The library website has a news section announcing upcoming lectures, events, and other library news. I learned that public lectures can be really entertaining, and voluntarily went to a few that I learned about through this job. I highly recommend that every student tries to find a lecture or two that sounds interesting! You’ll like it more than you expect, and gain some new-to-you knowledge to share. Occasionally I wrote reviews of the events I attended, or I would simply produce a news item with information given to me ahead of time.

Every day I updated what content was on the news page to make sure old events weren’t still showing, and kept a record in a spreadsheet of when different types of news items were posted.

There were a number of other, smaller jobs in this position. In all I had a great time as a marketing assistant and I learned a lot about my own writing style, the UO, and our library system. I’d recommend this job to any student in the SOJC, although Public Relations students might be the best fit because of the social media aspect. I thoroughly enjoyed working here. Whoever takes my place will have fun in the position, learning all about the University of Oregon and its library system.

June 6, 2013

Spring Finals Week in the Knight Library

We’re approaching finals week of UO’s spring term and the Knight Library  is filled with studious energy. Here are three ways you can make the Knight Library work for you during this stress-inducing time:

  • Want to take a break? You can use the lockers located on the first, second, and third floors in the north stairwell. If you want to grab lunch with some friends or take a walk to clear your head, keep your stuff safe with these free lockers.
  • Have a question that can’t wait? Use the online chat tool to talk with a librarian in real-time. You can ask a question about research, citation, resources, or anything else that stands between you and finishing that paper! You can access this through the “chat now” icon at the top right of the UO Libraries homepage:
  • Follow the UO Libraries on Twitter. You’ll stay informed about the most relevant library hours and events.

Good luck!

May 19, 2013

GRAD Connect: Supporting UO Grad Students

I’m a second-year MBA student at the Lundquist Center for Entrepreneurship and I know that graduate students here at UO have unique study, teaching, and research needs.

Earlier this year, the UO Libraries hosted a brainstorming session called GRAD Connect in order to learn more about the needs and interests of graduate students. The libraries aim to improve services and targeted messaging for grad students, and this focus group allowed the UO libraries to gather a lot of valuable feedback. Recently, a report was released that summarized the results of the focus group. Here are a few highlights:

  • Graduate students identified a few categories for improvement: website, study space, relaxation space, access/hours, and help/orientation
  • The UO Libraries have assigned working groups to review suggestions and charged them to identify solutions
  • The UO Libraries has already implemented some of the GRAD Connect suggestions and is actively considering others

Here are some improvements that are currently underway as a result of the information gathered during GRAD Connect:

  • Another book-eye scanner will be ordered for the Knight Library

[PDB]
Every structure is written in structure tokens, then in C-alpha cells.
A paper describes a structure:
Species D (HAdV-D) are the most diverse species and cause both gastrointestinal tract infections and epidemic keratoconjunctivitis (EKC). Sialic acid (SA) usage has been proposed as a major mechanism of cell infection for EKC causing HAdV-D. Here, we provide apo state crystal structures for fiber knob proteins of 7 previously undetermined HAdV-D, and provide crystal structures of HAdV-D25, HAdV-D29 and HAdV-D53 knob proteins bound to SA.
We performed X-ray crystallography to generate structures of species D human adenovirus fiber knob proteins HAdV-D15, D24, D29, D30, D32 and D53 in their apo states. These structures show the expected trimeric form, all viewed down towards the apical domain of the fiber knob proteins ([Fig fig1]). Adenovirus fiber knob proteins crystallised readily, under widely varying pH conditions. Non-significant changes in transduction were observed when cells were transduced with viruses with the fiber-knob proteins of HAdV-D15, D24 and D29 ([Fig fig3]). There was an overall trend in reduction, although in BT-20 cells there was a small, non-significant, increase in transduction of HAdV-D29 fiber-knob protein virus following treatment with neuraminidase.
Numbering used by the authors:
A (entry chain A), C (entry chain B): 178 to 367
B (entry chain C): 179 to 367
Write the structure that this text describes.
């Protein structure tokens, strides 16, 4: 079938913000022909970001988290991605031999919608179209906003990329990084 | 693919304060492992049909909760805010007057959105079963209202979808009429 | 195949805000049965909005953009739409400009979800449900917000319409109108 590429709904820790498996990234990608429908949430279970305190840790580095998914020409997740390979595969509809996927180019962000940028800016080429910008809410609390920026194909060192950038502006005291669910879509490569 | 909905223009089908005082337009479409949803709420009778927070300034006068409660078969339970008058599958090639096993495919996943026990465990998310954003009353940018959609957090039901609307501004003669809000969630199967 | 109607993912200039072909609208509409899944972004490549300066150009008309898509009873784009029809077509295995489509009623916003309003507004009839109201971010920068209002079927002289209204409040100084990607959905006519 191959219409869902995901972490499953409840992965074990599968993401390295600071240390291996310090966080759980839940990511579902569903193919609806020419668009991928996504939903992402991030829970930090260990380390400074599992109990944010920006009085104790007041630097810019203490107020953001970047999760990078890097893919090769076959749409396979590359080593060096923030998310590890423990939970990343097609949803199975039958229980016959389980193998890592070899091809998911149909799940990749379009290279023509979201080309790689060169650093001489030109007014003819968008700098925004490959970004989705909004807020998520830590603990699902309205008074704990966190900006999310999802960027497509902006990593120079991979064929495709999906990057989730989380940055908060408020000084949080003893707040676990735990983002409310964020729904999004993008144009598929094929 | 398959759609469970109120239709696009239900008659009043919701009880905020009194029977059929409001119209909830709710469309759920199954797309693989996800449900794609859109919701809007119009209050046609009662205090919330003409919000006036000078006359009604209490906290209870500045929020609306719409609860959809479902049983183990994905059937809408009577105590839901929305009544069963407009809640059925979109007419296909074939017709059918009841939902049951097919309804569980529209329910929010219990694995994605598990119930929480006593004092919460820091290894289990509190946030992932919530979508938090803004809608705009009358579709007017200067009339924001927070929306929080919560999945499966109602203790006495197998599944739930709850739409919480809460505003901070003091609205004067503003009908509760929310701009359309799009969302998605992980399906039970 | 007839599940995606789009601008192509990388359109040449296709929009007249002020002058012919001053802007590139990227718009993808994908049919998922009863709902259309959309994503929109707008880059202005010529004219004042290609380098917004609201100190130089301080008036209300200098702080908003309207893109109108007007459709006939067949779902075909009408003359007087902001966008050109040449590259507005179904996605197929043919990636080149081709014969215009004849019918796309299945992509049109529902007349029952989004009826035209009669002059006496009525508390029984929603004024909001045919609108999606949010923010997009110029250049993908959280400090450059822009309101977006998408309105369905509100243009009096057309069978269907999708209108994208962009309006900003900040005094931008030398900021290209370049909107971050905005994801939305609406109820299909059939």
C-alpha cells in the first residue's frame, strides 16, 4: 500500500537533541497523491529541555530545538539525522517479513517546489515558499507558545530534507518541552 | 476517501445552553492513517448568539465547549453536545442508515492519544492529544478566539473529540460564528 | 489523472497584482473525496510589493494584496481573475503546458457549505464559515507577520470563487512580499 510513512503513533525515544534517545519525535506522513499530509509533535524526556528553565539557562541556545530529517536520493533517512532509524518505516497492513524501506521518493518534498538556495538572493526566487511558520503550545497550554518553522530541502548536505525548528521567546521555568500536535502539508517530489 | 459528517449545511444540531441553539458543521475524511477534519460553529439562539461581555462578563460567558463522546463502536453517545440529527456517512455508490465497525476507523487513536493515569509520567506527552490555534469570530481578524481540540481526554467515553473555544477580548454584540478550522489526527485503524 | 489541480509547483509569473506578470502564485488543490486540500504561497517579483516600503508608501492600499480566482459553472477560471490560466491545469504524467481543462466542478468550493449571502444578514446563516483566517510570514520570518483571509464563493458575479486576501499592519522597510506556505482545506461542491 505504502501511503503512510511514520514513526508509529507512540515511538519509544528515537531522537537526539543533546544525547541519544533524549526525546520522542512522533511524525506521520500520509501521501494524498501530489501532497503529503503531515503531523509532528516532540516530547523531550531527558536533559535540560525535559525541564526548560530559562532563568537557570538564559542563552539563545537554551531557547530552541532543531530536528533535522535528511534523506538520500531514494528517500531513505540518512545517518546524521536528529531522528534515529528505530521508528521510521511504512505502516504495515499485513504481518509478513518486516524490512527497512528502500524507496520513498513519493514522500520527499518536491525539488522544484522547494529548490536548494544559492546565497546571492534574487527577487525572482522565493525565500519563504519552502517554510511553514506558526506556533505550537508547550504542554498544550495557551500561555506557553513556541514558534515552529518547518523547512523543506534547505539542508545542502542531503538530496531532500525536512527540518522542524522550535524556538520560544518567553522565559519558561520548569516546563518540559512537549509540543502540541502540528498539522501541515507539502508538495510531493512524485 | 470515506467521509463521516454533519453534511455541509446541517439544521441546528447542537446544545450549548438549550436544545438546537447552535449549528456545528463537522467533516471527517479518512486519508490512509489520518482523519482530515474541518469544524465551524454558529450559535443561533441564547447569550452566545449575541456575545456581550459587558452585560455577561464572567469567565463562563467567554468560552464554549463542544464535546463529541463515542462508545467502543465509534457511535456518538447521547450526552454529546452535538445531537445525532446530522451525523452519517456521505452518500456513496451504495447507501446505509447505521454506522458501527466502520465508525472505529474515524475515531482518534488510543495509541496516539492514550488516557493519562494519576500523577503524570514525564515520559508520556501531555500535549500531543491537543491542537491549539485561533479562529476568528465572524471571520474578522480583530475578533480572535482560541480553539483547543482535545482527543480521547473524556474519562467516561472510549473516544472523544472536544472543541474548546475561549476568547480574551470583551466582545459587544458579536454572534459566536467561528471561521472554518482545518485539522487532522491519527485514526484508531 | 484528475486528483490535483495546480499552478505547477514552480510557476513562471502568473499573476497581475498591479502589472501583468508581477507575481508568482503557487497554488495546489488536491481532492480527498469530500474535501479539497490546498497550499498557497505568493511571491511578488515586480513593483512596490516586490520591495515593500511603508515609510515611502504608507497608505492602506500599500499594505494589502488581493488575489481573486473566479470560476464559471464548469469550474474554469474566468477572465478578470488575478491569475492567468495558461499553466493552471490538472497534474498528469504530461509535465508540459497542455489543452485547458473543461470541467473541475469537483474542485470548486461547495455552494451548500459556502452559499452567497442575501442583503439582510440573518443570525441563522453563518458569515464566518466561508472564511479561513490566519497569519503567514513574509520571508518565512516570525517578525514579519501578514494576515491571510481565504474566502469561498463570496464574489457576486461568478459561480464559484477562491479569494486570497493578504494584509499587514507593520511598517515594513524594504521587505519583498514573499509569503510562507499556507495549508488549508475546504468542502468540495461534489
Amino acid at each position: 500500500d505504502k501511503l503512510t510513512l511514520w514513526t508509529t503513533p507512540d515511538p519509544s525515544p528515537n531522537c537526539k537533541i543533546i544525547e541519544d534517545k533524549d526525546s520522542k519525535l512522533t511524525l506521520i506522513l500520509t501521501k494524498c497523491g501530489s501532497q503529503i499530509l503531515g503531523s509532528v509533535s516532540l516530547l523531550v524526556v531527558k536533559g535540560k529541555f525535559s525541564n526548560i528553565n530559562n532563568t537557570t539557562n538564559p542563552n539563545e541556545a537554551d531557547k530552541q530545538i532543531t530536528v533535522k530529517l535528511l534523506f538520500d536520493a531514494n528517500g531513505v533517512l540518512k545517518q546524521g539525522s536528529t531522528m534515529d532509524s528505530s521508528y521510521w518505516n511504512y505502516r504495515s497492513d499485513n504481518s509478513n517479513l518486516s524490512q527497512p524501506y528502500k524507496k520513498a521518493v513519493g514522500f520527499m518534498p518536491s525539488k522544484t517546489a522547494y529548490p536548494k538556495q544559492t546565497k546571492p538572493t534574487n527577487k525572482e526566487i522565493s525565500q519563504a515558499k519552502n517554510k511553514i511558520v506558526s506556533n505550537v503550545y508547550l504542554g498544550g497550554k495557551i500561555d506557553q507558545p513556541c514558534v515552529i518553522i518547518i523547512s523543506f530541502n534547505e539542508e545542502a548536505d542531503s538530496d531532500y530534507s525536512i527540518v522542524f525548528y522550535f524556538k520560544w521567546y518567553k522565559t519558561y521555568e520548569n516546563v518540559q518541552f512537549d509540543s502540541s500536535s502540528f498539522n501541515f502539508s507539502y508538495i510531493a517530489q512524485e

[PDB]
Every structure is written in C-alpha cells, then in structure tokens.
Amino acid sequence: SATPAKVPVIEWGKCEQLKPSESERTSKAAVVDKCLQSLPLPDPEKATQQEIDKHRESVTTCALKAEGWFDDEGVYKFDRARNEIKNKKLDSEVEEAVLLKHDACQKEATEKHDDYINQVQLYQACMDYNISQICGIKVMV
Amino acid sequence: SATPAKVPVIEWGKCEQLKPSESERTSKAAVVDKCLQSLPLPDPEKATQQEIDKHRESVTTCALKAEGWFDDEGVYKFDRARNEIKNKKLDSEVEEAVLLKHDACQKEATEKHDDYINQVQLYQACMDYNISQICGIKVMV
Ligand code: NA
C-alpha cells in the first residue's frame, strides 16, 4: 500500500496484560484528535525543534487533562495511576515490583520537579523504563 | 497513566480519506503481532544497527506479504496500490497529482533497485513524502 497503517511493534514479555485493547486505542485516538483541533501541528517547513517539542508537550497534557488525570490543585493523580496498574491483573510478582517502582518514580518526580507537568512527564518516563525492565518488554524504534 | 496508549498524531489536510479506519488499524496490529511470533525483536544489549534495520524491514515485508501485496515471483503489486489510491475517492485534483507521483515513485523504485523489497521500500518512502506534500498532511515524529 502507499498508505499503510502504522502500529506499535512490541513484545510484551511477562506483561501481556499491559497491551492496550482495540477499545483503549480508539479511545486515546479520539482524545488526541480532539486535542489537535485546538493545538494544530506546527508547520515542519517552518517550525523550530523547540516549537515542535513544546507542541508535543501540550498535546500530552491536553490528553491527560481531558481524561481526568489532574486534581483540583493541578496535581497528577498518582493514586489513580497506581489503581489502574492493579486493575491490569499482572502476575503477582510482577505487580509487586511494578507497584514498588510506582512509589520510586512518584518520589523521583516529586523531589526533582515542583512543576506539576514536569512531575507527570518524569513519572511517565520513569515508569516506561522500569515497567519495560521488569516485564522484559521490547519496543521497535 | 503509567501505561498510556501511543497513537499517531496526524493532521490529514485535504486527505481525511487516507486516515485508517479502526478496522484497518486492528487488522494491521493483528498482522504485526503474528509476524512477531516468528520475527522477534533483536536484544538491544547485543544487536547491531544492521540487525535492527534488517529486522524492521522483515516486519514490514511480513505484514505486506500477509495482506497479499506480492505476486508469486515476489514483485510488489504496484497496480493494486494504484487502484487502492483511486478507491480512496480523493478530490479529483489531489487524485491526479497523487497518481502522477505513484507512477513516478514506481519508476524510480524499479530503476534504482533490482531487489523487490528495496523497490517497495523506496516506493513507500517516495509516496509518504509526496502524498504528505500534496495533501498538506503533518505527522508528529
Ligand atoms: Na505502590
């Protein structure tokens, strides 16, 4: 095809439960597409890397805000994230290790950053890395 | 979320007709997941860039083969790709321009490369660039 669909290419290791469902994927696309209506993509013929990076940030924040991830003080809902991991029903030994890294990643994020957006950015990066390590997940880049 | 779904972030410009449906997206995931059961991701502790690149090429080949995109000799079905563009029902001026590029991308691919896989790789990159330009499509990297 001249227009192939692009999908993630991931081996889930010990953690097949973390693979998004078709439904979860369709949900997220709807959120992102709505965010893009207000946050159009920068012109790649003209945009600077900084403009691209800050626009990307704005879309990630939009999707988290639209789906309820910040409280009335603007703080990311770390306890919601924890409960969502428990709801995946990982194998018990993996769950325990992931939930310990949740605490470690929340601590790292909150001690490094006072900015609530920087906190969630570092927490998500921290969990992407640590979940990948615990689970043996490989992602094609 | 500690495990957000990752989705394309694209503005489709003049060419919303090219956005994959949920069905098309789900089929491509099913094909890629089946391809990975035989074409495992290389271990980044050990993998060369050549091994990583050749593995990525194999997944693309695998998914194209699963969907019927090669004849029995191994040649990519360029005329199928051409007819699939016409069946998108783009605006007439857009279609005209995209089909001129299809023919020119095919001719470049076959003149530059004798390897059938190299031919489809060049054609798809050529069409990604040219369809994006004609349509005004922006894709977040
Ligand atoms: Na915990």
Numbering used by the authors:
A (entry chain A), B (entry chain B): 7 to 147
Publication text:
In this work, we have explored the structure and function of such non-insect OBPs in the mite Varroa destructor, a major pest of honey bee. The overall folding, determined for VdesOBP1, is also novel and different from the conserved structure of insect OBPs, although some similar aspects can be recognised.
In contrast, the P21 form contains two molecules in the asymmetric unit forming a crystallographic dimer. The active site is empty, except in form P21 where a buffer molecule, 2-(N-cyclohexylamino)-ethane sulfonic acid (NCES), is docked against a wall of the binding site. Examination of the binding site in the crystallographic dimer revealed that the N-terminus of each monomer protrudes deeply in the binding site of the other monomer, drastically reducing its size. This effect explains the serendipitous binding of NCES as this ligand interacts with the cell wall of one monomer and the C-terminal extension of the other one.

•  There is a new microwave in the Science Library, near the entrance, for students to use
  •   A few laptop lock boxes have been ordered, which will be attached to tables on the 4th floor of Knight Library
  • …And many more!

GRAD Connect was a great success and the suggestions gathered during this process have already started to improve the lives of graduate students using the UO Libraries. Thanks to Nancy Slight-Gibney and everyone else who was involved in this project.

May 10, 2013

Popular Reading Discovery: Autobiography of Us

One of my favorite things about working at the Knight Library is the ability to browse the new Popular Reading Collection when I have a few spare moments.

I recently picked up a book from the collection for some relaxing weekend reading:

Autobiography of Us by Aria Beth Sloss: I read a review of this book in the New York Times and was intrigued. A novel published in early 2013, Autobiography of Us focuses on the coming-of-age stories of two Pasadena girls in the 1950s. The book takes the reader through the decades, as the two close friends grow older, confronting their fears and insecurities along the way.

I’d recommend this bittersweet novel, although it wasn’t my favorite. It has an interesting perspective on feminism and social change during the second half of the 20th century, although I felt like the story lacked a compelling protagonist. Thanks to the Popular Reading Collection for giving me access to this newly-published novel!


May 9, 2013

Borrow Any Book!

Can’t find a certain book or material that you’ve been desperately searching for? You can request books, DVDs and more through Summit and Interlibrary Loan. With these resources, the UO Community has on-site borrowing privileges at 32 academic libraries in 17 mid-western and western states.

As a graduate business student, I’ve  been meaning to read a number of popular books about business and entrepreneurship, such as The Lean Startup by Eric Ries and Thinking, Fast and Slow by Daniel Kahneman. Although the UO Libraries are investing in a new popular reading collection, these types of books can’t always be found in the UO Libraries catalog.

However, Summit and ILL solve this problem! You can simply visit this page for more information:

Originally published on 12/10/2012

April 24, 2013

Popular Reading!

popular readingReading for fun! It’s finally here. The UO Libraries’ has a new Popular Reading Collection, a selection of “fun reading” titles available for a 3-week, nonrenewable loan period to UO students, faculty, and staff. The collection is located in the South Reading Room on the second floor of the Knight Library. Look for the blue wall!